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Carers Rights Day: NHS urged to identify carers and promote their health and wellbeing

25-Nov-16
Article By: Sue Learner, Editor

Carers UK used Carers Rights Day to call on the NHS to put policies in place that will identify carers and promote their health and wellbeing.

Heléna Herklots, chief executive of Carers UK

This comes in the wake of research which found people often don’t see themselves as carers and aren’t identified and as a result miss out on support. Half of carers (52 per cent) surveyed said missing out on support impacted negatively on their finances and (50 per cent) said it had an impact on their physical health.

The charity is using Carers Rights Day to reach as many of the 6.5m carers in the UK as possible with information about their rights and the financial and practical help they are entitled to, which includes benefits, such as Carer’s Allowance, respite and access to equipment and technology which can help them in their caring role.

Heléna Herklots, chief executive of Carers UK, said: “For many people, looking after an ill, older or disabled loved one doesn’t have a name, it is ‘just something you do’. However, not recognising you are carrying out a caring role can be a barrier to accessing vital support.

“The longer it takes to identify as an unpaid carer, the more likely it is that carers will struggle without the support and advice they need. Frontline professionals, such as GPs, teachers and social workers, play a central role in ensuring carers are identified and then guided to support as early as possible in their caring journey.”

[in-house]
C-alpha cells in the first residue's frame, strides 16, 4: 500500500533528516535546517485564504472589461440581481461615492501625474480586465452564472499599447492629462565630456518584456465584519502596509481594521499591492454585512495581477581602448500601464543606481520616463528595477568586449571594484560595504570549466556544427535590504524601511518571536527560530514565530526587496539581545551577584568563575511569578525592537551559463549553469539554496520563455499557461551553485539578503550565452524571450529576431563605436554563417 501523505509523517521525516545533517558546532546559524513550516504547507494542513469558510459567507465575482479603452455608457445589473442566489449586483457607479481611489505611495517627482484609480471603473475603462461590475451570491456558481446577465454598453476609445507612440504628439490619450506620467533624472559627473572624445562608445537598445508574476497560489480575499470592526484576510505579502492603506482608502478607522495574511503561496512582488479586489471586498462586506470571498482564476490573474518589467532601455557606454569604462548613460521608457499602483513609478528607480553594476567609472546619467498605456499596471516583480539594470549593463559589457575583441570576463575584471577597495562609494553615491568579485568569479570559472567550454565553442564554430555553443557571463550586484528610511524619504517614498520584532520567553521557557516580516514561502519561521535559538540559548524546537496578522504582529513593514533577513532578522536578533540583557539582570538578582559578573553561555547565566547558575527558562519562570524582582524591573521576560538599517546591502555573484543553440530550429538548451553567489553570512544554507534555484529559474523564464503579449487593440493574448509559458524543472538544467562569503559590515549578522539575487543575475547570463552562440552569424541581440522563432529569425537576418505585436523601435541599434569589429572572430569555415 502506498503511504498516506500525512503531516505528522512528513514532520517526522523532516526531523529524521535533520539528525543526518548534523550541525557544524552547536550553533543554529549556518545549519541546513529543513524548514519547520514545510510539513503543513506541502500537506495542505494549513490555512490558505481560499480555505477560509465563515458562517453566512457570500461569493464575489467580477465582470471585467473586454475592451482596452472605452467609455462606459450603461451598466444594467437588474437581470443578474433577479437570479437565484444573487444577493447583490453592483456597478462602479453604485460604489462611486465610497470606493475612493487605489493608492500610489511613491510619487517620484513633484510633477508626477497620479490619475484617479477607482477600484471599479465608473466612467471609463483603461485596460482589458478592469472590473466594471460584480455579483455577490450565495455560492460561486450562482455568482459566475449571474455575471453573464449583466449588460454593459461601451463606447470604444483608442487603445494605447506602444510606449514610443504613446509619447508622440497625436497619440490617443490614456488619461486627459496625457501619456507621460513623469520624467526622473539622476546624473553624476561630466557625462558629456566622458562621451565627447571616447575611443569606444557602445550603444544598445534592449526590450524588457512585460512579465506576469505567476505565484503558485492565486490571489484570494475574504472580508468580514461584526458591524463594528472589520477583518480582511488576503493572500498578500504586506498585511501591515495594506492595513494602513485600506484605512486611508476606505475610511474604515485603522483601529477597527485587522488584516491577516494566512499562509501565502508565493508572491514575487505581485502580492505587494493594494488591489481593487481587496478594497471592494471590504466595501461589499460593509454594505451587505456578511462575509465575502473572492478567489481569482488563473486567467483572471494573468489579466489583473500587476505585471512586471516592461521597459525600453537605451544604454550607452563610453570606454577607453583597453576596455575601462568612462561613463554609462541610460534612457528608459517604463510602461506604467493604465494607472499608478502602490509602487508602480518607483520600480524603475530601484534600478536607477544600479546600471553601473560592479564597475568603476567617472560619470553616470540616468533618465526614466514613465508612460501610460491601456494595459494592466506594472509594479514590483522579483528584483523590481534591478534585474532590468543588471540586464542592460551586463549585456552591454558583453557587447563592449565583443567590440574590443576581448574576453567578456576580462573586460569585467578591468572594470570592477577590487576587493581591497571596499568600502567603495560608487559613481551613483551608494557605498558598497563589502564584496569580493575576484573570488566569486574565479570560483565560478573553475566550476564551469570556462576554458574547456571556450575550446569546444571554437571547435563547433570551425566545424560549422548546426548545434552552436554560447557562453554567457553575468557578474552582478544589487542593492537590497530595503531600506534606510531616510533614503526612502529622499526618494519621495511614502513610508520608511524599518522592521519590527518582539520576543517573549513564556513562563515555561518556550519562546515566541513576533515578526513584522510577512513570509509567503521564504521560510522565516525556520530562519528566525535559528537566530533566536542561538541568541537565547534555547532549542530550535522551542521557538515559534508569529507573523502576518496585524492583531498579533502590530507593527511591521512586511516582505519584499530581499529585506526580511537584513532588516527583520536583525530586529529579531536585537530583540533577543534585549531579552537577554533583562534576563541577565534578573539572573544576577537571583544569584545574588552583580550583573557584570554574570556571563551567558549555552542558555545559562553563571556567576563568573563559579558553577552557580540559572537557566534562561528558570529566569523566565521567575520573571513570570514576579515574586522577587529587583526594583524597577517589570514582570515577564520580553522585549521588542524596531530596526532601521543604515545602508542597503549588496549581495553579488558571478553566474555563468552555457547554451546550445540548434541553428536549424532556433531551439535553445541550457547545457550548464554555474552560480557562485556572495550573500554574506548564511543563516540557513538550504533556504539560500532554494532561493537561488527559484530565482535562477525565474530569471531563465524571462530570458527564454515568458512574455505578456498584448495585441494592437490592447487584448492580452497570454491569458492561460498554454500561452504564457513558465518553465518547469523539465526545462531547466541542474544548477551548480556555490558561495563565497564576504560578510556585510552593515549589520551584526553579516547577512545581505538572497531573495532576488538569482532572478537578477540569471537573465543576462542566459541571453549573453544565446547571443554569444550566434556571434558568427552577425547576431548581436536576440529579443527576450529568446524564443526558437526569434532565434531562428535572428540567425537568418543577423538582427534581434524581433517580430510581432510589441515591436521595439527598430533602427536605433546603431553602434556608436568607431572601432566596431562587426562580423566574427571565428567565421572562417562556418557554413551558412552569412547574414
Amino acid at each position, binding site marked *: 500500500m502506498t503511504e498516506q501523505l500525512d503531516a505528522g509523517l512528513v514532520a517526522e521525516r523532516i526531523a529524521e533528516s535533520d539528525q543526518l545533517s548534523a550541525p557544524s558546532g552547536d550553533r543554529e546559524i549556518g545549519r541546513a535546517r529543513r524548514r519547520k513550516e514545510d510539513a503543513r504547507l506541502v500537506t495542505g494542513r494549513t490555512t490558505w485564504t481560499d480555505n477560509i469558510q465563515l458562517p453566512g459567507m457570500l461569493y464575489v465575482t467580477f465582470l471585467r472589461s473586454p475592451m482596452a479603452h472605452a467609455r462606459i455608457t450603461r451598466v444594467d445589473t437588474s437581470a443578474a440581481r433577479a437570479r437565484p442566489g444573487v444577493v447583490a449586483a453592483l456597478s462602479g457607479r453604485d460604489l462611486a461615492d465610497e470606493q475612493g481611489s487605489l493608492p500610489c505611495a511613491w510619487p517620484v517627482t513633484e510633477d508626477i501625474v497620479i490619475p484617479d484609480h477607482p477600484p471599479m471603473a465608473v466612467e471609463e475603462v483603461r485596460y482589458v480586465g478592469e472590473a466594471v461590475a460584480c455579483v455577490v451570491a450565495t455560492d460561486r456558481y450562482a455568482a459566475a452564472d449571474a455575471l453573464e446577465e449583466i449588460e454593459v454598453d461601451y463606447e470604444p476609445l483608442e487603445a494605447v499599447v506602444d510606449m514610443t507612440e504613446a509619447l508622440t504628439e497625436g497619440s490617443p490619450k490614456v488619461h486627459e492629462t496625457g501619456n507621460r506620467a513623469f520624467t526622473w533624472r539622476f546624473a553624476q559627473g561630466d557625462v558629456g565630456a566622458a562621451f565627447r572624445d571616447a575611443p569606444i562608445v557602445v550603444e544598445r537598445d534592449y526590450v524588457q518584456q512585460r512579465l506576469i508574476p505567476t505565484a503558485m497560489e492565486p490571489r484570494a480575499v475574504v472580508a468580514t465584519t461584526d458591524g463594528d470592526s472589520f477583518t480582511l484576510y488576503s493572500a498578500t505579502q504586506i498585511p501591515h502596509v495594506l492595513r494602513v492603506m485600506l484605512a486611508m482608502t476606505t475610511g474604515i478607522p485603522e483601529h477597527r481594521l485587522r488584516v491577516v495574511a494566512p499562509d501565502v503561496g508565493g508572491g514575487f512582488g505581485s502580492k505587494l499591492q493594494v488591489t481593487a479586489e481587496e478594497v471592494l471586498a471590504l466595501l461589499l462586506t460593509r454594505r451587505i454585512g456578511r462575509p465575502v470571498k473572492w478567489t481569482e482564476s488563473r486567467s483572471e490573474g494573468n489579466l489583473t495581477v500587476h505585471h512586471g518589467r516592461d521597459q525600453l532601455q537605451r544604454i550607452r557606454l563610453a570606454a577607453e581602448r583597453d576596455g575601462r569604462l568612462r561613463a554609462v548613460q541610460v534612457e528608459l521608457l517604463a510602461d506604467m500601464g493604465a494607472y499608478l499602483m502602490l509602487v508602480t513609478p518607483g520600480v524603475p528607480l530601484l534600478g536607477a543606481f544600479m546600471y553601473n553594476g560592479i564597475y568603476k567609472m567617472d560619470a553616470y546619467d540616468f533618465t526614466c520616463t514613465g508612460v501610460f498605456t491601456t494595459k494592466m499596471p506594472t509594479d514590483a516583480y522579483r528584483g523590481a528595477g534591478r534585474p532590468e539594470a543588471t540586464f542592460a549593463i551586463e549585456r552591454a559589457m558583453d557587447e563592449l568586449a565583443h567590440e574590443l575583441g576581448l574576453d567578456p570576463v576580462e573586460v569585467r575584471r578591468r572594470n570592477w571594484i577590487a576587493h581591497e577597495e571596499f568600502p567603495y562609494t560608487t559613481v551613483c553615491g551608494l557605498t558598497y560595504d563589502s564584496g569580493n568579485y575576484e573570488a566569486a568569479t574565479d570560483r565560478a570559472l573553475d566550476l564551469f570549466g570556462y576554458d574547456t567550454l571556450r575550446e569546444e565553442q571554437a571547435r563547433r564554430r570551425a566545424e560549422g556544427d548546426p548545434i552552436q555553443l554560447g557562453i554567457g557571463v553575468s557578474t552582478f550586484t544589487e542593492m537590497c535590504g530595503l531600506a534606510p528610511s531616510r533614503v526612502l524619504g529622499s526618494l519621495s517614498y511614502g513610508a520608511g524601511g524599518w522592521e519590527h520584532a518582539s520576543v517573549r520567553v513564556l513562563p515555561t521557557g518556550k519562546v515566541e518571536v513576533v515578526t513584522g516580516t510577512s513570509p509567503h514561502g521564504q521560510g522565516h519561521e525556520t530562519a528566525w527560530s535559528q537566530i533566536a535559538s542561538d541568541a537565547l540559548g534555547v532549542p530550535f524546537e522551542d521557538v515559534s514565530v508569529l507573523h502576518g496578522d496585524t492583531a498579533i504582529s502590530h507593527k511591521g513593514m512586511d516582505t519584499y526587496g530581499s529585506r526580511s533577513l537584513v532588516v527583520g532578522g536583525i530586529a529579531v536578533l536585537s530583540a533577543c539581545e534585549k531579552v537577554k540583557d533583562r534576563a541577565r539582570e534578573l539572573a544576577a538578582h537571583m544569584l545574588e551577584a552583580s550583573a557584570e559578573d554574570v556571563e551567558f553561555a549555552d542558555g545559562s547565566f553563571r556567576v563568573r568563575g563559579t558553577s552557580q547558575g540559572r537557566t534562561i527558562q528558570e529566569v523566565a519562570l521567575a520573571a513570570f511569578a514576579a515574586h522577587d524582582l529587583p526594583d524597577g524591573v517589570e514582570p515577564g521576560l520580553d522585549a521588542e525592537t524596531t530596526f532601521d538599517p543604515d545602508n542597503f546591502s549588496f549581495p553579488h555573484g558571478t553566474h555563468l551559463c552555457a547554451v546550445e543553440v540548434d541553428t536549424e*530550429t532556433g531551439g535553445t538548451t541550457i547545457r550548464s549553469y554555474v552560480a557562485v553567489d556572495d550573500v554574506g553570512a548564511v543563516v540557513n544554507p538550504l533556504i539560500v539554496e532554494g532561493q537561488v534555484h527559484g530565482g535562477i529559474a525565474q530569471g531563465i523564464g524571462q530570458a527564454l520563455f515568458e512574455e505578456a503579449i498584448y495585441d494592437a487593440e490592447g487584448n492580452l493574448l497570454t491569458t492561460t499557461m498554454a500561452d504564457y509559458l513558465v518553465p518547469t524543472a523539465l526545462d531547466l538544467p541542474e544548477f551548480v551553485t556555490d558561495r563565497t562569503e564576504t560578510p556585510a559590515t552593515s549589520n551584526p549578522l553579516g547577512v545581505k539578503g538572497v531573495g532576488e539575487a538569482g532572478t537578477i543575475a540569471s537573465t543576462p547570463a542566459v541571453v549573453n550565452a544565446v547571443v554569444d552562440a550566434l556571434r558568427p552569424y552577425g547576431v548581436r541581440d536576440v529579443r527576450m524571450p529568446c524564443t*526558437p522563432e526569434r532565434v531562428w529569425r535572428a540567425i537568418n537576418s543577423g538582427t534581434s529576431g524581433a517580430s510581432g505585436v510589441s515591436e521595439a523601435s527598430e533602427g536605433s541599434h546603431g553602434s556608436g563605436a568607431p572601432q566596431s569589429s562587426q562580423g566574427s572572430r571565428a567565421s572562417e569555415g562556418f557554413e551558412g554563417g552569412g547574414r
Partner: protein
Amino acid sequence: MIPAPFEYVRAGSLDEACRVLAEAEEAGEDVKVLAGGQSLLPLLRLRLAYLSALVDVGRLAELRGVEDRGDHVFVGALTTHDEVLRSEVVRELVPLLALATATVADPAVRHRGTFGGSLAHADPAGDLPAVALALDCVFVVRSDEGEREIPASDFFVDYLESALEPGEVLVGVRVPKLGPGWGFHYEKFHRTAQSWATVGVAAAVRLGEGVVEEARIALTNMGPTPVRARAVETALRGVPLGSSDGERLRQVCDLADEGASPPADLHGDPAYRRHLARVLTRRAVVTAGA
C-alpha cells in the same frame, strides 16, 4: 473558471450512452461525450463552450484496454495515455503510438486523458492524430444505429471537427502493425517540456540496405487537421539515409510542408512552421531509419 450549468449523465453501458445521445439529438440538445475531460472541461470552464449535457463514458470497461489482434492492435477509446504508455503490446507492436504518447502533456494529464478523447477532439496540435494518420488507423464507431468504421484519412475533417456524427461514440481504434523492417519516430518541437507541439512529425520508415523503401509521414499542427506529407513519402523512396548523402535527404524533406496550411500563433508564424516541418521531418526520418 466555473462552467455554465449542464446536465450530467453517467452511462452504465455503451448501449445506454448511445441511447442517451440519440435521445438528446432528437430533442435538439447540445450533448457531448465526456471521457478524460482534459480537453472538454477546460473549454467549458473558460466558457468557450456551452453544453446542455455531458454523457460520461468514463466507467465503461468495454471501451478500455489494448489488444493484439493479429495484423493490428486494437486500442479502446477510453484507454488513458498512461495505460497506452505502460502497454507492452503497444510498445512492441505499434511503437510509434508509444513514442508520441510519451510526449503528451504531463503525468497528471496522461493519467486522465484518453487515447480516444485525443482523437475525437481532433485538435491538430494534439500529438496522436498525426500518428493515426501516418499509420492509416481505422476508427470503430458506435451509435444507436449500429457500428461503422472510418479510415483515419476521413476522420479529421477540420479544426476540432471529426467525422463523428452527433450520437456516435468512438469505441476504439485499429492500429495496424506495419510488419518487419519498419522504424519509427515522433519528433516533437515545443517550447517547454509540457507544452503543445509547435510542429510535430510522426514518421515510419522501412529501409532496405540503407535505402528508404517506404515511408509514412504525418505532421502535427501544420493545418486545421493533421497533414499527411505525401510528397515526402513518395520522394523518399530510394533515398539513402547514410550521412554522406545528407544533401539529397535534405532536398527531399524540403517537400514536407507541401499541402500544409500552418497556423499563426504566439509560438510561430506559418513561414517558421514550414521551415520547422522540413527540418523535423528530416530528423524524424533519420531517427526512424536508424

The research ‘Missing Out: the identification challenge’ also revealed that over half of people (54 per cent) took over a year to recognise their caring role, almost one in four (24 per cent) took over five years to identify as a carer, and nearly one in ten (nine per cent) took over 10 years.

Some groups of carers, such as those caring for disabled children or people with mental health conditions, or caring at a distance, take longer than average to identify their role.

Nine in ten of carers said they missed out on financial or practical support (or both) as a result of not identifying as a carer. Three quarters of carers said missing out on support meant they suffered from stress and anxiety

Carers UK is calling for more education, information and training for frontline professionals in order to increase knowledge and signposting of carers.

It also wants improved access to information and advice for carers and a public awareness campaign to improve understanding and recognition of carers

For more information about the financial and practical support available for carers, go to: www.carersuk.org/help-and-advice and follow hashtag #carersrightsday on social media.

A copy of the report can be downloaded from the Carers UK website www.carersuk.org/missingout

click here for more details or to contact Carers UK

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